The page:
Perhaps he was also uncertain of his future last season – would he be in MLS long-term and would he be with the Red Bulls long-term? Now, with a multi-year deal that answers both, Parker seems more empowered than he was to commit to quite possibly the biggest labor negotiation in MLS’s history.
The main points on the agenda for Parker and company are clear. Targeted and General Allocation Money (TAM and GAM) that allow teams to pay down player salaries (such as Parker’s) below the maximum budget charge of $530,000 (for salary cap purposes) were introduced after the previous CBA had been signed and blindsided the MLSPA.
“The introduction of new money we don’t want,” Parker said. “We did the CBA the last time and then, the league introduced this new concept of TAM. And that was like, well we thought we knew the numbers and the financials, but we obviously didn’t because the league wanted to introduce new money.”
Parker and others still want to maintain the Designated Player Rule, often referred to as the “Beckham Rule,” which allows for a limited number of players per team (currently three) to sign for any number wage but only count (for salary cap purposes) as the maximum budget charge. Apart from that, though, Parker and the players aim to simplify what are laughably complex salary guidelines.
“The TAM, GAM, fake money, we want it just the salary cap,” Parker said. “We don’t want to have to go through the league approval for teams to pay players what they think their value is. I think that’s the biggest thing for us. We want, if a team values you at this, they should be able to pay you this.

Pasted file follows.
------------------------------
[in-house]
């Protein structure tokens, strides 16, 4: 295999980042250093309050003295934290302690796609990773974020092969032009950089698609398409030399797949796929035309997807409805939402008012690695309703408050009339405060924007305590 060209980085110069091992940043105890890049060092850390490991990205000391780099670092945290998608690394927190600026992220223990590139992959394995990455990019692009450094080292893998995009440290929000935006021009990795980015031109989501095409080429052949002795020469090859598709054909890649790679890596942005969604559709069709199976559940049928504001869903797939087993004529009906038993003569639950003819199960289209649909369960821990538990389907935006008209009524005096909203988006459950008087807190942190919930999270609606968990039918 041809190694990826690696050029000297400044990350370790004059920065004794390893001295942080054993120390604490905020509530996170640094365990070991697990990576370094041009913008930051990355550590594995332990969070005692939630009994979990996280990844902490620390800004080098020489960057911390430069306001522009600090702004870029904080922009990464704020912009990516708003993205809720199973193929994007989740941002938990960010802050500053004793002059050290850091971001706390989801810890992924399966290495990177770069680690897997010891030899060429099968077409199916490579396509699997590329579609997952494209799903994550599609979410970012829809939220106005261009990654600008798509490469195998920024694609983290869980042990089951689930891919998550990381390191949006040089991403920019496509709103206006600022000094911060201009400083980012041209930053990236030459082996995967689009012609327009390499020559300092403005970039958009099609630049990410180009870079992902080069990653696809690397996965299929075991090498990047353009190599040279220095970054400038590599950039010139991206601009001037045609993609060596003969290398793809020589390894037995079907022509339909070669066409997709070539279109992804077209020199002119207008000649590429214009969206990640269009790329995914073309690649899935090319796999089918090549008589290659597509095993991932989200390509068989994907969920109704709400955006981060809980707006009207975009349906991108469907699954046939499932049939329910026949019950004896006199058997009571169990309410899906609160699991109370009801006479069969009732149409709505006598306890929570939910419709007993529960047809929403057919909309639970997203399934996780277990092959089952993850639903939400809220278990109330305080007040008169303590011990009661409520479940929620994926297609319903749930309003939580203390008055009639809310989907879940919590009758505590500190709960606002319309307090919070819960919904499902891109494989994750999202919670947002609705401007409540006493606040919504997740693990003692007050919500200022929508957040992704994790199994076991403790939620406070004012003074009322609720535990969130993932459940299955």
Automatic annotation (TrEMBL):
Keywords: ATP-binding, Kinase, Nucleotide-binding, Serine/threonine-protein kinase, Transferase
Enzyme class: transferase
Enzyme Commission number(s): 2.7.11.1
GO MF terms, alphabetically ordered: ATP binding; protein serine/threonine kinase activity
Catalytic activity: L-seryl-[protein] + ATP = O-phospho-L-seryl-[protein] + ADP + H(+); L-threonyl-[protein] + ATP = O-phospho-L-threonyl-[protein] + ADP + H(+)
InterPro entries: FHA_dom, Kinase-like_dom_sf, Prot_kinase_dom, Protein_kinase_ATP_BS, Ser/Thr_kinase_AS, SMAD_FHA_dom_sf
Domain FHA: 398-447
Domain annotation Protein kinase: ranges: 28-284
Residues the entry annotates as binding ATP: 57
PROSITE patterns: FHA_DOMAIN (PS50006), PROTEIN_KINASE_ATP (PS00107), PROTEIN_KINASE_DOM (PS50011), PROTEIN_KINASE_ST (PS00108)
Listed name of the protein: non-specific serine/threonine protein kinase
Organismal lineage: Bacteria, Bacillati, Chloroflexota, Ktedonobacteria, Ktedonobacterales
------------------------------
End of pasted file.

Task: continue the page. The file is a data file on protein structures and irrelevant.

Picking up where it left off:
“They shouldn’t have to go through the league to get TAM approval to then get that money involved. And then, it’s the whole discretionary and mandatory stuff. Like, we think it should all be in a pot, and if a team doesn’t want to spend eight million dollars that year, they don’t have to, but at least the cap is eight million, and it’s they’re say in how they spend their money.”
The Red Bulls’ airport nightmare on Monday brought into focus another main objective for players heading into labor negotiations this winter: charter flights. Currently, clubs are limited to three per season – a luxury often reserved to alleviate cross-country treks or multi-game stretches on the road.
Having experienced some of the worst of MLS travel with Vancouver – a city that requires connecting flights on many of its road trips – Parker is particularly passionate about the topic, which is why such a response from him on Monday was not surprising. From Parker’s very introduction on camera as a Red Bulls player, in an exchange with former head coach Jesse Marsch at Tijuana International Airport in March 2018, this issue has been front and center.
There, he was in a more forgiving mood, shrugging off the six-hour, zig-zag connecting flight from Vancouver to Cabo San Lucas to Tijuana that brought him to his new team. But, on Monday, his patience had run thin, and he took the adversity as an opportunity to make his first public stance ahead of CBA negotiations this winter.
It is clear that, over the course of the last year, Parker has found his voice in more ways than one. In training sessions, he has become arguably the loudest, most demanding player, stamping himself as one of a couple emerging vice-captains within this steadying Red Bulls club. And in terms of his role as a spokesman for change, ahead of a pivotal juncture in league history, the fifth-year veteran is coming into his own at just the right time.